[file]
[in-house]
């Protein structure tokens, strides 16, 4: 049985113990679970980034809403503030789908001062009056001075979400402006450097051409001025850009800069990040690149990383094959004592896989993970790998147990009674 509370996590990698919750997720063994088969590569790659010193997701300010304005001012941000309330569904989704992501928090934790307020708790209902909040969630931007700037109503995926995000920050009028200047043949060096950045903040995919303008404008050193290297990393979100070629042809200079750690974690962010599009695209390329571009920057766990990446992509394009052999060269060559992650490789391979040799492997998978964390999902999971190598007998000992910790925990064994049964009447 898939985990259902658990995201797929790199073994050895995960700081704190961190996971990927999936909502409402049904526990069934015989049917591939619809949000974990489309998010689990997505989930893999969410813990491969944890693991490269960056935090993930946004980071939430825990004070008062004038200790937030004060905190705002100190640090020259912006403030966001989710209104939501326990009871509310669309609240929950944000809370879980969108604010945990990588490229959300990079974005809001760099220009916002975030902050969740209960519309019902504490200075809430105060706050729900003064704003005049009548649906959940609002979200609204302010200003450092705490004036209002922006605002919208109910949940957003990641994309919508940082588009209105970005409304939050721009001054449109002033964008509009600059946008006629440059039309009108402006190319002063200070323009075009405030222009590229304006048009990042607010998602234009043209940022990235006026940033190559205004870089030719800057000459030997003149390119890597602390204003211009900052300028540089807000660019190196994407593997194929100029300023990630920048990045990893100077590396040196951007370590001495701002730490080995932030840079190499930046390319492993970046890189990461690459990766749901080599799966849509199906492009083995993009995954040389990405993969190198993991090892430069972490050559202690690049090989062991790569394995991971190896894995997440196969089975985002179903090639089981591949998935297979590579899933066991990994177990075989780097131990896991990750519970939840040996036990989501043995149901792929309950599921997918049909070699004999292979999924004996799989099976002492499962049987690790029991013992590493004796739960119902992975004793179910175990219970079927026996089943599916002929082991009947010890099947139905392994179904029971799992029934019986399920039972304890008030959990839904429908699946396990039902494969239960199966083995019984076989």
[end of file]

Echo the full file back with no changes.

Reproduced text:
[in-house]
């Protein structure tokens, strides 16, 4: 049985113990679970980034809403503030789908001062009056001075979400402006450097051409001025850009800069990040690149990383094959004592896989993970790998147990009674 509370996590990698919750997720063994088969590569790659010193997701300010304005001012941000309330569904989704992501928090934790307020708790209902909040969630931007700037109503995926995000920050009028200047043949060096950045903040995919303008404008050193290297990393979100070629042809200079750690974690962010599009695209390329571009920057766990990446992509394009052999060269060559992650490789391979040799492997998978964390999902999971190598007998000992910790925990064994049964009447 898939985990259902658990995201797929790199073994050895995960700081704190961190996971990927999936909502409402049904526990069934015989049917591939619809949000974990489309998010689990997505989930893999969410813990491969944890693991490269960056935090993930946004980071939430825990004070008062004038200790937030004060905190705002100190640090020259912006403030966001989710209104939501326990009871509310669309609240929950944000809370879980969108604010945990990588490229959300990079974005809001760099220009916002975030902050969740209960519309019902504490200075809430105060706050729900003064704003005049009548649906959940609002979200609204302010200003450092705490004036209002922006605002919208109910949940957003990641994309919508940082588009209105970005409304939050721009001054449109002033964008509009600059946008006629440059039309009108402006190319002063200070323009075009405030222009590229304006048009990042607010998602234009043209940022990235006026940033190559205004870089030719800057000459030997003149390119890597602390204003211009900052300028540089807000660019190196994407593997194929100029300023990630920048990045990893100077590396040196951007370590001495701002730490080995932030840079190499930046390319492993970046890189990461690459990766749901080599799966849509199906492009083995993009995954040389990405993969190198993991090892430069972490050559202690690049090989062991790569394995991971190896894995997440196969089975985002179903090639089981591949998935297979590579899933066991990994177990075989780097131990896991990750519970939840040996036990989501043995149901792929309950599921997918049909070699004999292979999924004996799989099976002492499962049987690790029991013992590493004796739960119902992975004793179910175990219970079927026996089943599916002929082991009947010890099947139905392994179904029971799992029934019986399920039972304890008030959990839904429908699946396990039902494969239960199966083995019984076989």